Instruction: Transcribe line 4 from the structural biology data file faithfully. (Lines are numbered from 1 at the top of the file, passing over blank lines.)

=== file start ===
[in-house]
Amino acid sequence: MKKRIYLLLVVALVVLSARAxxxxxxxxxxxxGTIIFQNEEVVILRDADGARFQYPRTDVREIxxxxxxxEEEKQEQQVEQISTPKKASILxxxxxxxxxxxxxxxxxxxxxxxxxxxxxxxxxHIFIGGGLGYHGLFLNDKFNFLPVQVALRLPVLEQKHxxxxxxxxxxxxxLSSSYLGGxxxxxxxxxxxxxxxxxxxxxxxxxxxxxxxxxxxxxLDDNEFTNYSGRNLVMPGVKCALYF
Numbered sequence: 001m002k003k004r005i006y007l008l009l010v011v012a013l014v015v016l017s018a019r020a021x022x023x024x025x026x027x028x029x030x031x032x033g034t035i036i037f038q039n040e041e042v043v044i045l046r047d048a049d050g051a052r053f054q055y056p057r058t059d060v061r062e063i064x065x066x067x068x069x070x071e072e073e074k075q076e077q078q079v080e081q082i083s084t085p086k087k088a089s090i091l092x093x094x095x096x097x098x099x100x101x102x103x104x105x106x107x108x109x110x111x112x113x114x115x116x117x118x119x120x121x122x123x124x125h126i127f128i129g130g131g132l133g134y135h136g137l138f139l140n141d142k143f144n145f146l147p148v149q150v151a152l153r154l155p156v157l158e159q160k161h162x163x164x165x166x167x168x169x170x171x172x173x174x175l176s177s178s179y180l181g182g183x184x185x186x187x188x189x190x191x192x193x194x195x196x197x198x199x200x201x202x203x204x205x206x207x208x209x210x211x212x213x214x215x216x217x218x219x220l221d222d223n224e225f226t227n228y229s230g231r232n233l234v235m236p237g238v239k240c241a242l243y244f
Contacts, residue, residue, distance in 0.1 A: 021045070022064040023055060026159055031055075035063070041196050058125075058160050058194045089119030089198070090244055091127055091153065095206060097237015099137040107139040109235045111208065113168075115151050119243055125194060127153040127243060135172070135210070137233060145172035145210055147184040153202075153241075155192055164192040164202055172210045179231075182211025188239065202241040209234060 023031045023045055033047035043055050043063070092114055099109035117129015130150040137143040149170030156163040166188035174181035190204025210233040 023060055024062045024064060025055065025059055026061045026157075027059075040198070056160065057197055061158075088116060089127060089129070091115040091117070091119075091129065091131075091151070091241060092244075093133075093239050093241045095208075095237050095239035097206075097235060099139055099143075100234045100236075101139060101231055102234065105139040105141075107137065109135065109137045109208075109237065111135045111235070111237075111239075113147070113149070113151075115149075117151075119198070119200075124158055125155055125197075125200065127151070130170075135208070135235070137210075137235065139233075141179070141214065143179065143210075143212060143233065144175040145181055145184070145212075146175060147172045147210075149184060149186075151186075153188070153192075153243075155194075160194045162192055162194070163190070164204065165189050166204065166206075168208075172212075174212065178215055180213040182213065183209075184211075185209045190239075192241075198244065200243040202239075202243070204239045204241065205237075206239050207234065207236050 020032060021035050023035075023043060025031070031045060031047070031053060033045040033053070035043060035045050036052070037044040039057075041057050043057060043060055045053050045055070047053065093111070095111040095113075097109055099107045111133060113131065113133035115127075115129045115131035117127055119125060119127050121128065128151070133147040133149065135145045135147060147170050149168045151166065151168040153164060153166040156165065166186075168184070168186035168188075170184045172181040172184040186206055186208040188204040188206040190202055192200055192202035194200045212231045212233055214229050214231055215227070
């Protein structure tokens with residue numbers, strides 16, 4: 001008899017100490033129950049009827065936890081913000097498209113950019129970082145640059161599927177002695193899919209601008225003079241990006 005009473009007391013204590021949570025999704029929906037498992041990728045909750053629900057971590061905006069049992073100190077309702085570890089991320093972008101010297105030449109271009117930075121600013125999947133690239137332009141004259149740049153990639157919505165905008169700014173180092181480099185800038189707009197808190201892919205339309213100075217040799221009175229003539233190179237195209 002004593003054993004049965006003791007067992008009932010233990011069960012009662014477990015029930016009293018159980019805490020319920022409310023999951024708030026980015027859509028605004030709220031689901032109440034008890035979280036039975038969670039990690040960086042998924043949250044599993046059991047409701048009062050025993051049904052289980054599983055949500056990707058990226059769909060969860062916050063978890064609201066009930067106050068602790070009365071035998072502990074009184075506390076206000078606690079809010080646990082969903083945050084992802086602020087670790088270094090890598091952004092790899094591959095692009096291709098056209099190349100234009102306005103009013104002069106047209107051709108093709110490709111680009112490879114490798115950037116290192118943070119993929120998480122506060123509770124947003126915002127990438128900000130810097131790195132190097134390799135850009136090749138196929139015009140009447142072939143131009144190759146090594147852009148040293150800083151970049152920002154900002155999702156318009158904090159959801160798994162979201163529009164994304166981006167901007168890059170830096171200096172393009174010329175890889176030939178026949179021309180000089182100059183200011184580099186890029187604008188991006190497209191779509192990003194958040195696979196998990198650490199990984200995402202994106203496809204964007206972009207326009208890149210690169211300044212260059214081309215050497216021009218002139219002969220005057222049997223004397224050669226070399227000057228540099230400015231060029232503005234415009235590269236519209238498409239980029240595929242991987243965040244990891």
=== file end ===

Contacts, residue, residue, distance in 0.1 A: 021045070022064040023055060026159055031055075035063070041196050058125075058160050058194045089119030089198070090244055091127055091153065095206060097237015099137040107139040109235045111208065113168075115151050119243055125194060127153040127243060135172070135210070137233060145172035145210055147184040153202075153241075155192055164192040164202055172210045179231075182211025188239065202241040209234060 023031045023045055033047035043055050043063070092114055099109035117129015130150040137143040149170030156163040166188035174181035190204025210233040 023060055024062045024064060025055065025059055026061045026157075027059075040198070056160065057197055061158075088116060089127060089129070091115040091117070091119075091129065091131075091151070091241060092244075093133075093239050093241045095208075095237050095239035097206075097235060099139055099143075100234045100236075101139060101231055102234065105139040105141075107137065109135065109137045109208075109237065111135045111235070111237075111239075113147070113149070113151075115149075117151075119198070119200075124158055125155055125197075125200065127151070130170075135208070135235070137210075137235065139233075141179070141214065143179065143210075143212060143233065144175040145181055145184070145212075146175060147172045147210075149184060149186075151186075153188070153192075153243075155194075160194045162192055162194070163190070164204065165189050166204065166206075168208075172212075174212065178215055180213040182213065183209075184211075185209045190239075192241075198244065200243040202239075202243070204239045204241065205237075206239050207234065207236050 020032060021035050023035075023043060025031070031045060031047070031053060033045040033053070035043060035045050036052070037044040039057075041057050043057060043060055045053050045055070047053065093111070095111040095113075097109055099107045111133060113131065113133035115127075115129045115131035117127055119125060119127050121128065128151070133147040133149065135145045135147060147170050149168045151166065151168040153164060153166040156165065166186075168184070168186035168188075170184045172181040172184040186206055186208040188204040188206040190202055192200055192202035194200045212231045212233055214229050214231055215227070